Federal ethanol subsidies should be phased out gradually, former Minnesota governor Tim Pawlenty said in announcing his candidacy for the Republican nomination for president at a rally in Des Moines, Iowa, this week. “The truth about federal energy subsidies, including federal subsidies for ethanol, is that they have to be phased out,” Pawlenty said.  “We need to do it gradually.  We need to do it fairly.  But we need to do it.”

Pawlenty’s comment seemed to reflect the possibility that the federal Volumetric Ethanol Excise Tax Credit (VEETC), which will cost the U.S. Treasury about $6 billion this year, will be phased out rather than eliminated at the end of this year, when it is currently scheduled to lapse.  Even ethanol backers, such as Iowa’s Senator Charles Grassley (R), are willing to accept a phase out in exchange for federal subsidies for blender pumps and other ethanol-related equipment.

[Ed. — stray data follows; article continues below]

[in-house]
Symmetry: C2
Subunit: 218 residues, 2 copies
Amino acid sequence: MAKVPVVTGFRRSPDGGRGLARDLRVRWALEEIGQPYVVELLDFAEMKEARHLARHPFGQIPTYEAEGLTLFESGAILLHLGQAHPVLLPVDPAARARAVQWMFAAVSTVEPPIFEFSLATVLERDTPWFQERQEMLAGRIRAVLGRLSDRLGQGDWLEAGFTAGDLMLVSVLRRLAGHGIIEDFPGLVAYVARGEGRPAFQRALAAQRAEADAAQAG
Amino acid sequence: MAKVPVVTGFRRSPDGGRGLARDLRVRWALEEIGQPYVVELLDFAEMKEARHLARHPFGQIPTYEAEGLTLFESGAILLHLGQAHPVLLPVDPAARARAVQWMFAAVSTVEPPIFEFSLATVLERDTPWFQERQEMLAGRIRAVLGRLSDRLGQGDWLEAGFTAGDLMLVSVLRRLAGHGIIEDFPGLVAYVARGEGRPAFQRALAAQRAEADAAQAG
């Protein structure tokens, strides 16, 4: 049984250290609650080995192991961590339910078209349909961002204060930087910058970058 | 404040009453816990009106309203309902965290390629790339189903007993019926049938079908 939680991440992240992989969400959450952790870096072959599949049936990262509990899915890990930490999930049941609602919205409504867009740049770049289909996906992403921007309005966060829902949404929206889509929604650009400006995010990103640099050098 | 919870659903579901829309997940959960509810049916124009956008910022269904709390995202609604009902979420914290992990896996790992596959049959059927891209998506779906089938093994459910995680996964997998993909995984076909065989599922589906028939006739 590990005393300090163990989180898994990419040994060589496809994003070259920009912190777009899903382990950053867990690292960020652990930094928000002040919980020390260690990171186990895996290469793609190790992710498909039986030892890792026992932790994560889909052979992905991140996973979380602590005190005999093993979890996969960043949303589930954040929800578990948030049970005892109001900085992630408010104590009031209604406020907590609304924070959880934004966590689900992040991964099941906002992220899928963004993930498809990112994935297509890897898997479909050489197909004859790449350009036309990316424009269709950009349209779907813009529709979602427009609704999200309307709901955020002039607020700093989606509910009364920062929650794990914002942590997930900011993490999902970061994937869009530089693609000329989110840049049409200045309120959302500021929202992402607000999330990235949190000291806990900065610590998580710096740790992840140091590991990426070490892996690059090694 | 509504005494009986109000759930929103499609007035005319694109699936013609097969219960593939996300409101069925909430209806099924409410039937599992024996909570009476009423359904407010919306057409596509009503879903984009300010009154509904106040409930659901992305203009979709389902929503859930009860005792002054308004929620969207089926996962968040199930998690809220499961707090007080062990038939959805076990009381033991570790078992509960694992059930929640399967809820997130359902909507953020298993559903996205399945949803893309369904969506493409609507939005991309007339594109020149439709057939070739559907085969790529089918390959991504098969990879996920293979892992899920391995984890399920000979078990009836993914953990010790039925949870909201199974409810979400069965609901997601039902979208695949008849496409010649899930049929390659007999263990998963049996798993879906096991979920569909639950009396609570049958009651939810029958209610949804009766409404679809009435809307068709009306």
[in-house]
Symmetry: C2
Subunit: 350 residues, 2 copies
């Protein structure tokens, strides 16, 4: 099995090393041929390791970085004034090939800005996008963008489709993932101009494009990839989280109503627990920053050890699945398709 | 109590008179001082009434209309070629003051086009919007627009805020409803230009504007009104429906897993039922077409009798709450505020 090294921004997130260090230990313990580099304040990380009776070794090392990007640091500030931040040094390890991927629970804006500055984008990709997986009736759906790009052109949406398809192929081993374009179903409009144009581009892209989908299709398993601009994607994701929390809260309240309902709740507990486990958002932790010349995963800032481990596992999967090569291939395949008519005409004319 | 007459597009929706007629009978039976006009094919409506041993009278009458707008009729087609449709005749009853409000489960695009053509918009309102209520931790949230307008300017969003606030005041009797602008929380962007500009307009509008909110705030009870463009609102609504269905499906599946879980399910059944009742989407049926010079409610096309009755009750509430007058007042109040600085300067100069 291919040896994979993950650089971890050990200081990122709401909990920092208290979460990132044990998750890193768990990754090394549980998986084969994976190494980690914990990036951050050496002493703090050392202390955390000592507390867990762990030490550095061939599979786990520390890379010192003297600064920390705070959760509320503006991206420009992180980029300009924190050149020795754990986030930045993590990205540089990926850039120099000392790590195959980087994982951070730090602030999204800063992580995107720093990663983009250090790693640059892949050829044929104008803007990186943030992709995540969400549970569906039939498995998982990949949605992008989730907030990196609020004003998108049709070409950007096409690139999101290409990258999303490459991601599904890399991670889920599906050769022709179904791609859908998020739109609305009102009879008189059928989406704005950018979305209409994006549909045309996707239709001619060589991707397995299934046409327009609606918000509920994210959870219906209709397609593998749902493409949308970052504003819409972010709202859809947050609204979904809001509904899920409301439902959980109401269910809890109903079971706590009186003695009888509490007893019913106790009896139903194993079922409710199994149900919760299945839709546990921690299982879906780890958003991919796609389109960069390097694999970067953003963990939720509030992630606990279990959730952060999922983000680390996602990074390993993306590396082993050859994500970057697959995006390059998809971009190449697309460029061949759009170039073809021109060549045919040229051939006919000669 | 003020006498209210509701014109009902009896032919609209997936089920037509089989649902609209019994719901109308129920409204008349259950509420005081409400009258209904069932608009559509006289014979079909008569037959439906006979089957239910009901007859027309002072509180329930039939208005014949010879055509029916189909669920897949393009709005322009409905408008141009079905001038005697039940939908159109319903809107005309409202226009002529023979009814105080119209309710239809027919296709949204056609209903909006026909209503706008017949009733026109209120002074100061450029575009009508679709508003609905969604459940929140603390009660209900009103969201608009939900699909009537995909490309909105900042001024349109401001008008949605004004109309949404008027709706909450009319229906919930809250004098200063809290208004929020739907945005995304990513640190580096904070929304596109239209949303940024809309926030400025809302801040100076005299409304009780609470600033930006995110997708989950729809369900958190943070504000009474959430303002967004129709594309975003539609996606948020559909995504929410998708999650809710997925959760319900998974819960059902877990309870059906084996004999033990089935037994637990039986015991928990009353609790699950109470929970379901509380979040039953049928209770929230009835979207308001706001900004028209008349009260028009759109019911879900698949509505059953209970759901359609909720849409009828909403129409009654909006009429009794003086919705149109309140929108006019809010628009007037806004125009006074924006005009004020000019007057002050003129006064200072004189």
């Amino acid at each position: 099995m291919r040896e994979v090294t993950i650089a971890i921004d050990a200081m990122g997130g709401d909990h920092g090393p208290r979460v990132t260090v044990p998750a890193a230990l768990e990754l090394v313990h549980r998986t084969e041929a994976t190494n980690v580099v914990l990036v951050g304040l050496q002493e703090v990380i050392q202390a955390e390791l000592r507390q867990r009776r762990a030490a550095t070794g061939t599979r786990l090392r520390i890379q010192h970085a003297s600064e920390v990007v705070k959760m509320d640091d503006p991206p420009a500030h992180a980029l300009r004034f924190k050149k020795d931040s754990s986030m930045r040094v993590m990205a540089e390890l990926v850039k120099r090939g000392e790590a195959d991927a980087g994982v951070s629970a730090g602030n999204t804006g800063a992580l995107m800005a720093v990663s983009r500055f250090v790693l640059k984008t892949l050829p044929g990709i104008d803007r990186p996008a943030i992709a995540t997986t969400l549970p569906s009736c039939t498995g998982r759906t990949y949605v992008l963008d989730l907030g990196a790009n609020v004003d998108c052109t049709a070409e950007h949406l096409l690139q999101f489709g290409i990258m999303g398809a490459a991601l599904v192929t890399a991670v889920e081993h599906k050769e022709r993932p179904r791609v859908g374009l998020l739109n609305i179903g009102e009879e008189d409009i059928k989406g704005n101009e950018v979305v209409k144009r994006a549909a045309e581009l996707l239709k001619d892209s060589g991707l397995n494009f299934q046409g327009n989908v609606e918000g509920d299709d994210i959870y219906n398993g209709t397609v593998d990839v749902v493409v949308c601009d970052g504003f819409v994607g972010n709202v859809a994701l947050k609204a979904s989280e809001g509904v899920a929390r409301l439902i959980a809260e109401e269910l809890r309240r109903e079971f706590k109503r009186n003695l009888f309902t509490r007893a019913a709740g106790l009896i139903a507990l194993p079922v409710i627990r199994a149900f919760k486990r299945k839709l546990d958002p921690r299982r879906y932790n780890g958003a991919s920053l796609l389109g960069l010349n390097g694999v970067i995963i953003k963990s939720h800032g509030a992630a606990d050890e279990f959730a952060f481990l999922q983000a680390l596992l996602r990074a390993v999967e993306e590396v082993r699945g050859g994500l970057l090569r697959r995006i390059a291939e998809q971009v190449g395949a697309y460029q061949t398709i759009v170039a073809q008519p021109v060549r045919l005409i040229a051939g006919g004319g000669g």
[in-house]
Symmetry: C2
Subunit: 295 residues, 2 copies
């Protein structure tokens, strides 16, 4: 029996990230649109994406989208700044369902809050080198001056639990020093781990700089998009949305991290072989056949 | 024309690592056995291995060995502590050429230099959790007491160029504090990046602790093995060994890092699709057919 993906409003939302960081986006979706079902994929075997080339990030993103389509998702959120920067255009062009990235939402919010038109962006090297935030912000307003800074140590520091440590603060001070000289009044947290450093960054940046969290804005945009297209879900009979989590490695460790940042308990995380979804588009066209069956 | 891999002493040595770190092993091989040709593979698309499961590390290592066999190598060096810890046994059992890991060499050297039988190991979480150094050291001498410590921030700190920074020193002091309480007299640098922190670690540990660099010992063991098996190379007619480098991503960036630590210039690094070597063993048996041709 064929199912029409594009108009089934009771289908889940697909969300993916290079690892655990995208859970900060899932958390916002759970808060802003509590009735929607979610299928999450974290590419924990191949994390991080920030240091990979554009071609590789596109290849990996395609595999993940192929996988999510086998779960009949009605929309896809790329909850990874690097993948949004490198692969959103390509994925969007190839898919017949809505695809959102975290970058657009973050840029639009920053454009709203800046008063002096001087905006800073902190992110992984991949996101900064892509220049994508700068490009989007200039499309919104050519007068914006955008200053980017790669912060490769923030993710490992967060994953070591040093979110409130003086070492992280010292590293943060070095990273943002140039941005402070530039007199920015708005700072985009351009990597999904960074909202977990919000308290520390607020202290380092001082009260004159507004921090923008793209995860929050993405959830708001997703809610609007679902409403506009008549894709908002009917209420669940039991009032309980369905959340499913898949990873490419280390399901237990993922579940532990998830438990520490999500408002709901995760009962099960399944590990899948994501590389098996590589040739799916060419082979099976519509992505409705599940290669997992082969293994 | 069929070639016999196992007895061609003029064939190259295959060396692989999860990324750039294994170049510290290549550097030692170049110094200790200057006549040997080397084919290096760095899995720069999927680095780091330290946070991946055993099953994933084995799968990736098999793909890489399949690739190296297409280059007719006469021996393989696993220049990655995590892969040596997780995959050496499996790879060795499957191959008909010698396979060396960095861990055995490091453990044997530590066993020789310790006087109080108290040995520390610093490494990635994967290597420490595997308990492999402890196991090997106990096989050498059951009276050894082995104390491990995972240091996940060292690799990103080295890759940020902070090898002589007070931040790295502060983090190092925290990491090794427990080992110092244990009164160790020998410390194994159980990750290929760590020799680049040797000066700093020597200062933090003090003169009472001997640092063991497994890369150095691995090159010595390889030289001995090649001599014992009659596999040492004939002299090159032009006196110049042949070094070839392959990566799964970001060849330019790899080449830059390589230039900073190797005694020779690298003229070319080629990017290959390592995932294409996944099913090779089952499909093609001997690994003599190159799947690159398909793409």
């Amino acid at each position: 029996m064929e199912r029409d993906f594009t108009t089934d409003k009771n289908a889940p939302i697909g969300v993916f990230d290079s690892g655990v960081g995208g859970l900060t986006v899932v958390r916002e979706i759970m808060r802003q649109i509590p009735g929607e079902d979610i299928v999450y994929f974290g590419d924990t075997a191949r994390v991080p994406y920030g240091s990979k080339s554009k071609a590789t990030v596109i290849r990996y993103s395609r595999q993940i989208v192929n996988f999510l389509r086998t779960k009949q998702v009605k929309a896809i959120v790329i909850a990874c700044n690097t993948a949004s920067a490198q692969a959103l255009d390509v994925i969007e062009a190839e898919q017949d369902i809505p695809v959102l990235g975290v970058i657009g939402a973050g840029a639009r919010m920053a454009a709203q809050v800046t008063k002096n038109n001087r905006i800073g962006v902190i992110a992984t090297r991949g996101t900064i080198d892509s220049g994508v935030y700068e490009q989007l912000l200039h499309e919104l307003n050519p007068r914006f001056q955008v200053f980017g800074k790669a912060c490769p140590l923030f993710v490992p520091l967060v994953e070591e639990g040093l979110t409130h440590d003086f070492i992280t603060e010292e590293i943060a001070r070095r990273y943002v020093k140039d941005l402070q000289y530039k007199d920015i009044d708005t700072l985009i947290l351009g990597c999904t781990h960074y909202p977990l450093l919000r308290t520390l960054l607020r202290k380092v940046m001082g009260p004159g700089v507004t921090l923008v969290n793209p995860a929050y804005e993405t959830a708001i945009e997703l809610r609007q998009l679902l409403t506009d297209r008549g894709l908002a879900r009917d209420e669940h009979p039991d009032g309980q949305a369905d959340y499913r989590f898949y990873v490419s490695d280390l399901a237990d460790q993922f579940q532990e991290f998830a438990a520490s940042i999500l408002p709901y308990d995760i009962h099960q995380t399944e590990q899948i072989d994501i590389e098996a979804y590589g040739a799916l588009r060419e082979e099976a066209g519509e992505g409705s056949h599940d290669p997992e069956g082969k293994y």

Meanwhile, Secretary of Agriculture Tom Vilsack, who is a former governor of Iowa, strongly defended ethanol in a speech to the Chicago Council on Global Affairs, which recently urged the U.S. government to end its support for biofuels on the grounds that the use of feedgrains for fuel is driving up the cost of food.

“With respect to food prices,” Vilsack said, “corn-based ethanol does not deserve the scapegoat reputation that folk often attend to assign it,” he said.  “During the great run-up in food and commodity prices in 2007 and 2008, biofuel production played only a minor role–accounting for about 10 percent of the total increase in global prices.”